December 2012

Hello,

Welcome to December's e-newsletter and Merry Christmas!

I hope you enjoy reading this edition. If you decide, once you're on this page,James you'd like to go to the main website instead just click on the logo above.

As usual, don't forget I'm on Facebook (click here) to like my page and Twitter (@sportssmassage) to follow me.

Kind Regards,

James.


General Wellbeing - NHS clinical guidelines on early management of non-specific low back pain

As I've mentioned in a previous newsletter, there is a body called the 'National Institute for Clinical Excellence' (NICE) that provides the NHS with various guideline notices in regard how to treat patients with different ailments, diseases, viruses etc. Curiously though, and you'll see the relevance of this statement as we go on, there is no mandatory requirement for NHS trusts to follow these guidelines, unless the Secretary of State for Health intervenes.

What is good news for the complementary therapy industry, which traditionally suffers from lack of modern clinical approval, is that in Clinical Guideline 88 (click here to read it), it states that for *early management of non-specific low back pain 'manual therapy' (including massage, spinal manipulation and mobilisation) is one of the preferred non-invasive treatment methods.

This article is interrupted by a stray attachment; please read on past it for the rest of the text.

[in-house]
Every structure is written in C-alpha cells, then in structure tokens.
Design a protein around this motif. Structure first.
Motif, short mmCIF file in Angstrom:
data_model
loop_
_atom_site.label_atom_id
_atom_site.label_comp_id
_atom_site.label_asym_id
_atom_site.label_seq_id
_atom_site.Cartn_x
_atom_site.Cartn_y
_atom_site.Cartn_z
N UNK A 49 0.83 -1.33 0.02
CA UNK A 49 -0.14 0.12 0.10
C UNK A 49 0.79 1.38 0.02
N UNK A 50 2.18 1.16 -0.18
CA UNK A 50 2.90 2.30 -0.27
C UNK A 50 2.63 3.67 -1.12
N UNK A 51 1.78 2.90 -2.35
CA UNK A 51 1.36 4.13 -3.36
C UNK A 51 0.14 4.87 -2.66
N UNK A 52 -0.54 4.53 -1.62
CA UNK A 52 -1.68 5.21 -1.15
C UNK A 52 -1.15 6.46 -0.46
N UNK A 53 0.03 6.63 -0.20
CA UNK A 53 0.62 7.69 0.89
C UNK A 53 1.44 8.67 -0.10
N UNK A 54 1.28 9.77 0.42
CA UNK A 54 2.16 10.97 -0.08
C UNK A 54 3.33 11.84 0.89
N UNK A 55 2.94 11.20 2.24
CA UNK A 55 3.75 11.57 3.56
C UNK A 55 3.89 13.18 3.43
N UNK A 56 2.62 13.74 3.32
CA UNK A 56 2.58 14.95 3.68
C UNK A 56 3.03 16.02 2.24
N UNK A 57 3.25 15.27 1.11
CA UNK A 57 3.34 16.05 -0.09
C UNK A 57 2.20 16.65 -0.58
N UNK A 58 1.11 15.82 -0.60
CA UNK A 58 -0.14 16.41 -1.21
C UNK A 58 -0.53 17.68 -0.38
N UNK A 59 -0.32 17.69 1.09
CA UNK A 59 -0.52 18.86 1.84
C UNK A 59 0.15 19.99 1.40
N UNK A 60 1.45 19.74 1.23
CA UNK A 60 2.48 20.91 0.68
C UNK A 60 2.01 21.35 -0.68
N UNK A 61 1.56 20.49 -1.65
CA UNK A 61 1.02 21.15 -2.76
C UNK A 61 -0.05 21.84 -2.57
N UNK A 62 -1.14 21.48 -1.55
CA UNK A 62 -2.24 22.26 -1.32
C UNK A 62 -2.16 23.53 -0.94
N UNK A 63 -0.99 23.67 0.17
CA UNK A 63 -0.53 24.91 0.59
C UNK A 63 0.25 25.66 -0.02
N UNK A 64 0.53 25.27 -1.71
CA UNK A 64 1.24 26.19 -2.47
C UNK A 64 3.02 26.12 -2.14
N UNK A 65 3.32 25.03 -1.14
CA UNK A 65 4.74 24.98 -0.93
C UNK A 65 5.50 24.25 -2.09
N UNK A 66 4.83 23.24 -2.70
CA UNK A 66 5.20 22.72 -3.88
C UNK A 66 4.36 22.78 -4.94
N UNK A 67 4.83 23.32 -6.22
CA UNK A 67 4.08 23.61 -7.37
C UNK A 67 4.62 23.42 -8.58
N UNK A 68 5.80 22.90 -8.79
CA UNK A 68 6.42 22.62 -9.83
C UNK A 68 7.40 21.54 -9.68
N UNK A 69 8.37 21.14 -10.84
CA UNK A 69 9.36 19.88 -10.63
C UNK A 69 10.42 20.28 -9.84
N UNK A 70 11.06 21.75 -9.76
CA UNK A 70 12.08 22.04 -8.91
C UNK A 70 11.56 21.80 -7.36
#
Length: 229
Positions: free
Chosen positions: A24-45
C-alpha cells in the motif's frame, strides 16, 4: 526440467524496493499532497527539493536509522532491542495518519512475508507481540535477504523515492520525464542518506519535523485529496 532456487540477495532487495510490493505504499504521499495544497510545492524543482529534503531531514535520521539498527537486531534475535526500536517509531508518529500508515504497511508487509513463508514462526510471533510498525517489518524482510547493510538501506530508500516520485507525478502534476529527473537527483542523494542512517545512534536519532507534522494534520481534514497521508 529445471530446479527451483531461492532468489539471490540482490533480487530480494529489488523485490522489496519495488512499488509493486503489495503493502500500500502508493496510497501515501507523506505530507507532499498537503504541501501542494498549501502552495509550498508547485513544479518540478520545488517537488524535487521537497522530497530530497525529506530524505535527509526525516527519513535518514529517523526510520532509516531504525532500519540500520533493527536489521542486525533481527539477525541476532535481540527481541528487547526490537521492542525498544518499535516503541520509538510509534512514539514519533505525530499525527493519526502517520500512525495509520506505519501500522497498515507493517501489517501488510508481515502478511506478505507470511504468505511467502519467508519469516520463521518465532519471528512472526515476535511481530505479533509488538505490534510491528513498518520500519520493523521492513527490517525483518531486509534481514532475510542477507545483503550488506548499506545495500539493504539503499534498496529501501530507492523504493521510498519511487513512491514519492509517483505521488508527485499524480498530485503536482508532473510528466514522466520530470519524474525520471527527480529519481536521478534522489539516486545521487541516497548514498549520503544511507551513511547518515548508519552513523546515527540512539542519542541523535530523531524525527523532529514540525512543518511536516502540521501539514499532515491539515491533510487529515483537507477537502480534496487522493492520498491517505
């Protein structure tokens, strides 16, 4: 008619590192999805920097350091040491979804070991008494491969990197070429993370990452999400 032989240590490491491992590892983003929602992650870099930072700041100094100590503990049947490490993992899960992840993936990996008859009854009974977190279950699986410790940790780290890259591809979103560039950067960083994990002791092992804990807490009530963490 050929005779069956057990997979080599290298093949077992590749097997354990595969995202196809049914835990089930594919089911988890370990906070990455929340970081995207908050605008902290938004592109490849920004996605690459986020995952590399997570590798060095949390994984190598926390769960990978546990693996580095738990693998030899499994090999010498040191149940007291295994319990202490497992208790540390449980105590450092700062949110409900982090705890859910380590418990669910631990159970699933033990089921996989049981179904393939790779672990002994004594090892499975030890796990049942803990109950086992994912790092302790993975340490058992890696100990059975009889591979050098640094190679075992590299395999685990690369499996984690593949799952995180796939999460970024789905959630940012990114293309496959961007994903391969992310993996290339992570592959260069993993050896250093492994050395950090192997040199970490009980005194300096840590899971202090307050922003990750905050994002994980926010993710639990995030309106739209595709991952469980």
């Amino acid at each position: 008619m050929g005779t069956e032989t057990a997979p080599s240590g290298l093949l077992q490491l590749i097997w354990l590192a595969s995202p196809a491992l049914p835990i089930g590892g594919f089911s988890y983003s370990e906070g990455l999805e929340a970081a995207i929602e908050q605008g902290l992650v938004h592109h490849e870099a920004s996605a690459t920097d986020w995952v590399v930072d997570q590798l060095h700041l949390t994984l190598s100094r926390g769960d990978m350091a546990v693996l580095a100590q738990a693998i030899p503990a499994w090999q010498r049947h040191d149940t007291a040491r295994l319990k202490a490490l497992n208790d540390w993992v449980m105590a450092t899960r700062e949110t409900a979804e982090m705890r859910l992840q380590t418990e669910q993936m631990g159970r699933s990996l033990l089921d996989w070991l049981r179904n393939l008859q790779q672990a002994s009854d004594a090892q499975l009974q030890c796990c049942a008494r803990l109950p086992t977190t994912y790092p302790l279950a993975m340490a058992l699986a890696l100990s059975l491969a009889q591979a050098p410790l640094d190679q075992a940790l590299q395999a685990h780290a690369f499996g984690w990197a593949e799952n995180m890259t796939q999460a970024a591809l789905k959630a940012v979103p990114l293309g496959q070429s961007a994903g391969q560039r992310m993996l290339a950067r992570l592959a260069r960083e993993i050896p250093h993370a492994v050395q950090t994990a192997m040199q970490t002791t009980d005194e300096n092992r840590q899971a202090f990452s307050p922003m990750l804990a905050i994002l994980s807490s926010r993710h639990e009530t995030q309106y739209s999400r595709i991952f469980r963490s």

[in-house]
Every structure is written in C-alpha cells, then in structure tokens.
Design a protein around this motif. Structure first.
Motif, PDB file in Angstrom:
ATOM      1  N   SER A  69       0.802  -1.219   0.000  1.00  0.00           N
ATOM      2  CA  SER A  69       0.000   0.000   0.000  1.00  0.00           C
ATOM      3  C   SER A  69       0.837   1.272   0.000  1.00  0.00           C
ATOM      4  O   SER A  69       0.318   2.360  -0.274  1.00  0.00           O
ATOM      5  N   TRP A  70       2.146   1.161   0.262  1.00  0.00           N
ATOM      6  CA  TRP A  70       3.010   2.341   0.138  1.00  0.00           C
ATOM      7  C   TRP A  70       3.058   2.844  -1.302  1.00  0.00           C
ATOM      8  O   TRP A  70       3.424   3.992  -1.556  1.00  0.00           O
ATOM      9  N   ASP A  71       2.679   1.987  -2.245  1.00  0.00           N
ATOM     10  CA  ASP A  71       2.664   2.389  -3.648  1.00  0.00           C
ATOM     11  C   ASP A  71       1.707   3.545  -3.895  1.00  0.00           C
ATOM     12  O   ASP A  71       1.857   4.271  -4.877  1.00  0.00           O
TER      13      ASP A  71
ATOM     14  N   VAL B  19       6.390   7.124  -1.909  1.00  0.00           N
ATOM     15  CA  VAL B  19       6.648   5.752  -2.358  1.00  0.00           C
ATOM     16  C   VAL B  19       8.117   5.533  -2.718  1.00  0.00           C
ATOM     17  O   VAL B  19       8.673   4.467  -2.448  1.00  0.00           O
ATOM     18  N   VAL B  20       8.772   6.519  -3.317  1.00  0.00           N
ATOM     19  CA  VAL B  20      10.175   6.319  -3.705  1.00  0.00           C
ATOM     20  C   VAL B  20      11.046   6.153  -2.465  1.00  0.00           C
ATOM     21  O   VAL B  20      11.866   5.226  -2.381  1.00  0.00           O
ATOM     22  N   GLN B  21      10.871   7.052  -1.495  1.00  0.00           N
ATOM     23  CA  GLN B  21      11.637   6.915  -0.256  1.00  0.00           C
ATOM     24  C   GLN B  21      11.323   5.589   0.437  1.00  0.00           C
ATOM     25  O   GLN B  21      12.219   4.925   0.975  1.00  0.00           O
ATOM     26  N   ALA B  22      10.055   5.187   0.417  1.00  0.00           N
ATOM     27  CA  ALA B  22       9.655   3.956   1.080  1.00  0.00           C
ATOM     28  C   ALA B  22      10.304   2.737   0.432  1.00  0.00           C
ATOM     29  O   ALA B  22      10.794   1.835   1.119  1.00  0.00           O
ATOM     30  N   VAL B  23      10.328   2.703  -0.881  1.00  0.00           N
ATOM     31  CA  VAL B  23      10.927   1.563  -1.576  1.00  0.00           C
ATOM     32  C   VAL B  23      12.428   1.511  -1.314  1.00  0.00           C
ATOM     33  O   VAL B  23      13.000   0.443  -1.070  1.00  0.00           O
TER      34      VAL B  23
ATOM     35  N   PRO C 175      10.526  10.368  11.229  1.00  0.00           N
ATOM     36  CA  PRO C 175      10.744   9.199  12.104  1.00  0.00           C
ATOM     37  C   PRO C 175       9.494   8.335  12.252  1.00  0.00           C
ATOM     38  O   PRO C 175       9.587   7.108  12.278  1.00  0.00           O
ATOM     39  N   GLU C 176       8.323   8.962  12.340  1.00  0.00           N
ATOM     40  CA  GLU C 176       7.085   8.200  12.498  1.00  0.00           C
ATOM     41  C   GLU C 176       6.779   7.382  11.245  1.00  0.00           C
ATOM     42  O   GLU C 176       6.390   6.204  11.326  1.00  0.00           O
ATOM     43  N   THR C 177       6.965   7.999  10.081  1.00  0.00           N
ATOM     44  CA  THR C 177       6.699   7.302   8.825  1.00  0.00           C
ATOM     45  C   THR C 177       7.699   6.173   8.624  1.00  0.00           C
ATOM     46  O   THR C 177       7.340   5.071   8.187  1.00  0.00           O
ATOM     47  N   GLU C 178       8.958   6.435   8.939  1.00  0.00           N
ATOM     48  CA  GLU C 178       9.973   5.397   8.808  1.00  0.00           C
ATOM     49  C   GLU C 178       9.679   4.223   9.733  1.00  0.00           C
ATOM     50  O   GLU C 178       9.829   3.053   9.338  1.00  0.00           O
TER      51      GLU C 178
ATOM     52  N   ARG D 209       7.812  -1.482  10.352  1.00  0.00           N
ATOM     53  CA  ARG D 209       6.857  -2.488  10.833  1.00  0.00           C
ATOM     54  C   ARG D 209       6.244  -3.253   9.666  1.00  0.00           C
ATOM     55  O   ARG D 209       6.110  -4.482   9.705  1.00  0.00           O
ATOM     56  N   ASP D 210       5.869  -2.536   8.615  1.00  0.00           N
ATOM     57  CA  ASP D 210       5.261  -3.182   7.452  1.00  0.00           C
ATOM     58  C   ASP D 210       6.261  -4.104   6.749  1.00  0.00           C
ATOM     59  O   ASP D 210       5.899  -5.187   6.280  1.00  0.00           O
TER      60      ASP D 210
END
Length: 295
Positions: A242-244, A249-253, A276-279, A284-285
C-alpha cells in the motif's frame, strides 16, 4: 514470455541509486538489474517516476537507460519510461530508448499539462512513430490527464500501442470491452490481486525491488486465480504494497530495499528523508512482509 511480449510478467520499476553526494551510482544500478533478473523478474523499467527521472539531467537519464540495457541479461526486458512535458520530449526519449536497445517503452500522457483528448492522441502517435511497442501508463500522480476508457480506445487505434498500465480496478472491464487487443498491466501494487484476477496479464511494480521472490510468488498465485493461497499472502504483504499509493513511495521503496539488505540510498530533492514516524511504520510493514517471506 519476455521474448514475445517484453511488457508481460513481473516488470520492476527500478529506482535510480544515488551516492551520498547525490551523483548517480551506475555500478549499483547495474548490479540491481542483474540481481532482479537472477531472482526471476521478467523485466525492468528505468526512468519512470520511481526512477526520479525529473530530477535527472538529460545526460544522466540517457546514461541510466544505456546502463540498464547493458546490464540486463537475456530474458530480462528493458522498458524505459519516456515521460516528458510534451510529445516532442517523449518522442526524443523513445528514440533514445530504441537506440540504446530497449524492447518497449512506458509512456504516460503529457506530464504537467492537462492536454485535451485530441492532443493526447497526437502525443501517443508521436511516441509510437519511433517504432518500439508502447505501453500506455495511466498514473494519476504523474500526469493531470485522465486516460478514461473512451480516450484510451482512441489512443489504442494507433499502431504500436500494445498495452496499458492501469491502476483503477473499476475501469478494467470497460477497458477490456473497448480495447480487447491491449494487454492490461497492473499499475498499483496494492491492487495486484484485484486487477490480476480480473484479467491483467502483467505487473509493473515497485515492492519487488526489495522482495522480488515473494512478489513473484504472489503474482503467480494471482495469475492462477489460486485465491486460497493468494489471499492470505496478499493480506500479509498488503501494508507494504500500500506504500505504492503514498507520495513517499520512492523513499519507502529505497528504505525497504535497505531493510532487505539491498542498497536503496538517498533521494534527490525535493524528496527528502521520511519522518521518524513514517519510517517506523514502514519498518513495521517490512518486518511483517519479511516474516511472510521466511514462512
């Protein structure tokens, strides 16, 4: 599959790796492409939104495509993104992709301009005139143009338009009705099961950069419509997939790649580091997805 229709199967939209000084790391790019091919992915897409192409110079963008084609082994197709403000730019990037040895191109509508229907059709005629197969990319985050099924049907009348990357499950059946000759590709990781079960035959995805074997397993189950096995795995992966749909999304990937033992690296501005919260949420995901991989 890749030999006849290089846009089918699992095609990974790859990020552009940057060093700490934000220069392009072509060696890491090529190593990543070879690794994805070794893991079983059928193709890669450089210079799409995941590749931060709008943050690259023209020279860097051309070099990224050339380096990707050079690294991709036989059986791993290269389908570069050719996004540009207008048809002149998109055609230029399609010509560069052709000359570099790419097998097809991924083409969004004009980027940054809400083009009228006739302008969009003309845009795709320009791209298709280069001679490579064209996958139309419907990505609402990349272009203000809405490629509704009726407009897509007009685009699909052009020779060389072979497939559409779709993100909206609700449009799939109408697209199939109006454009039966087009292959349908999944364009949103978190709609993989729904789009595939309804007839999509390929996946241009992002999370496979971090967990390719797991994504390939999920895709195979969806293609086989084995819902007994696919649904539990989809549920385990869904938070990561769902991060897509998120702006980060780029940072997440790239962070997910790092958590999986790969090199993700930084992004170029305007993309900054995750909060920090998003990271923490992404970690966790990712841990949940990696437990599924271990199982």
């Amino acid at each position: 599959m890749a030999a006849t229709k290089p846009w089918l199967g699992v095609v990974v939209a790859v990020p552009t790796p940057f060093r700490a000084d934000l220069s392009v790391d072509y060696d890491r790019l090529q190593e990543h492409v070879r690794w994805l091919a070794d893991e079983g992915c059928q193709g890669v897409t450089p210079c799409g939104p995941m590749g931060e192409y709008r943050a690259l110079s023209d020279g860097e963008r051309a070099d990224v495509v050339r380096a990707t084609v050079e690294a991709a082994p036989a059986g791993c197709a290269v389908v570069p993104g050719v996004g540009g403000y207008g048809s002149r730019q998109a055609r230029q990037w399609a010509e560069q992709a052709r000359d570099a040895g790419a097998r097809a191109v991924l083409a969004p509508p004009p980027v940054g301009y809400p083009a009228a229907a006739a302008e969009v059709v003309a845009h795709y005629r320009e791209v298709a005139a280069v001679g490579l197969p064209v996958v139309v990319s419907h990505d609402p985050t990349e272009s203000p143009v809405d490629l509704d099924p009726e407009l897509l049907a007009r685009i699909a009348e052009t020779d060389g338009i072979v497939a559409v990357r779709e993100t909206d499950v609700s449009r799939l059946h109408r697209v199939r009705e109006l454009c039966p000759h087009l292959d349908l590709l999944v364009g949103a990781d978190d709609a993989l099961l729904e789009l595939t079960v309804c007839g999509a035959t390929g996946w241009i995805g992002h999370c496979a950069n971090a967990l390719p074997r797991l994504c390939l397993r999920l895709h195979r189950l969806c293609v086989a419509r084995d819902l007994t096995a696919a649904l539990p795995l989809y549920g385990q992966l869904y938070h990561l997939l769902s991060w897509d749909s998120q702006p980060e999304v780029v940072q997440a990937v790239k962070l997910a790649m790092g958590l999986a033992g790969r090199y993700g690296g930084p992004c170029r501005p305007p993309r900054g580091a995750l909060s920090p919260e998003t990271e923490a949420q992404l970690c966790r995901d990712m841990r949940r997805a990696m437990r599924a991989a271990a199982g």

*early in this instance means low back pain which has persisted for 6 weeks or more, but less than 12 months

What surprised me as a therapist, is that this guidance was issued in 2009 and until last month I'd never heard of it. Especially when massage therapy is still not ordinarily available on the NHS (unless you are lucky enough to be referred to a physiotherapist who happens to have done some extra training in this field).

Which begs these 2 questions: 'Why are we, as therapists, not utilised by the NHS?' and secondly, 'Why as an industry are we not using this NICE guideline to promote ourselves'. I think the answer to the first question can be partly answered by my statement in the first paragraph, and the answer to the second question may be because the guideline note is not widely known outside of the NHS.

However, what's important for you to know as patients and clients, is that under the changes being adopted by the NHS at the moment, the NHS will be run by 'GP commissioning groups' and provided a therapist can meet the 'any qualified provider' rules then they can apply for a contract to provide a service to the NHS. Obviously what needs to happen is for GPs to realise there is a real need for different manual therapies to be made available on the NHS...but here's the challenge, only you can make that happen.

back pain-Royalty-Free-RF-Clipart-Illustration-Of-A-3d-White-Bob-Character-With-Lower-Back-Pain-Version-3Other interesting information from guideline 88:

-Low back pain affects around 1/3rd of the population

-For manual therapy treatment, it recommends a maximum of 9 sessions over 12 weeks

-For Acupuncture (the only recommended 'invasive' procedure) a maximum of 10 sessions over 12 weeks

-It does not recommend sending patients for x-rays of the lumbar spine for non-specific low back pain, rather it suggests an MRI (in the context of a referral for an opinion on spinal fusion)

 

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